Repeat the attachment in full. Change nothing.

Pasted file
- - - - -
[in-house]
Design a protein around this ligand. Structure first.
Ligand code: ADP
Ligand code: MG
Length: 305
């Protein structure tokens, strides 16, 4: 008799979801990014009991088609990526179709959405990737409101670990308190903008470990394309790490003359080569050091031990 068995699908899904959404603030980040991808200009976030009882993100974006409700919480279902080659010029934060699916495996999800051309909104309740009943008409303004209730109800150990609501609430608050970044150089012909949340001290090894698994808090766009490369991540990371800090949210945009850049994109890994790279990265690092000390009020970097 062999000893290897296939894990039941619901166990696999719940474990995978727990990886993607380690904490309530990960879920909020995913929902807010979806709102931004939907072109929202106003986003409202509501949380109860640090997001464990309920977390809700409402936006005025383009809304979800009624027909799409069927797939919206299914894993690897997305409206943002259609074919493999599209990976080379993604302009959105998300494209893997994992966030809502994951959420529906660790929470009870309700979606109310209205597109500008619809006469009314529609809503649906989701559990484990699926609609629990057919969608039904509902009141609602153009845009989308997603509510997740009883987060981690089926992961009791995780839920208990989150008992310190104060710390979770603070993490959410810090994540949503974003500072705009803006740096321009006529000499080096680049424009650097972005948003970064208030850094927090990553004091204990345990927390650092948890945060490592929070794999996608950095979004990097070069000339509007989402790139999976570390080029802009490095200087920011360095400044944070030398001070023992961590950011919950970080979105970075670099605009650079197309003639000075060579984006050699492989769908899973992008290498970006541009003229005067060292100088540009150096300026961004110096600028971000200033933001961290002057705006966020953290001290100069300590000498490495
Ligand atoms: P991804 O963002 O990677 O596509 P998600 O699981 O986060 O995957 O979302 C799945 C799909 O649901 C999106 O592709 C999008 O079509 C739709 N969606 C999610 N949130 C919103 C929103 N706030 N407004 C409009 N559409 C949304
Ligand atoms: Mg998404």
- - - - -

[in-house]
Design a protein around this ligand. Structure first.
Ligand code: ADP
Ligand code: MG
Length: 305
């Protein structure tokens, strides 16, 4: 008799979801990014009991088609990526179709959405990737409101670990308190903008470990394309790490003359080569050091031990 068995699908899904959404603030980040991808200009976030009882993100974006409700919480279902080659010029934060699916495996999800051309909104309740009943008409303004209730109800150990609501609430608050970044150089012909949340001290090894698994808090766009490369991540990371800090949210945009850049994109890994790279990265690092000390009020970097 062999000893290897296939894990039941619901166990696999719940474990995978727990990886993607380690904490309530990960879920909020995913929902807010979806709102931004939907072109929202106003986003409202509501949380109860640090997001464990309920977390809700409402936006005025383009809304979800009624027909799409069927797939919206299914894993690897997305409206943002259609074919493999599209990976080379993604302009959105998300494209893997994992966030809502994951959420529906660790929470009870309700979606109310209205597109500008619809006469009314529609809503649906989701559990484990699926609609629990057919969608039904509902009141609602153009845009989308997603509510997740009883987060981690089926992961009791995780839920208990989150008992310190104060710390979770603070993490959410810090994540949503974003500072705009803006740096321009006529000499080096680049424009650097972005948003970064208030850094927090990553004091204990345990927390650092948890945060490592929070794999996608950095979004990097070069000339509007989402790139999976570390080029802009490095200087920011360095400044944070030398001070023992961590950011919950970080979105970075670099605009650079197309003639000075060579984006050699492989769908899973992008290498970006541009003229005067060292100088540009150096300026961004110096600028971000200033933001961290002057705006966020953290001290100069300590000498490495
Ligand atoms: P991804 O963002 O990677 O596509 P998600 O699981 O986060 O995957 O979302 C799945 C799909 O649901 C999106 O592709 C999008 O079509 C739709 N969606 C999610 N949130 C919103 C929103 N706030 N407004 C409009 N559409 C949304
Ligand atoms: Mg998404």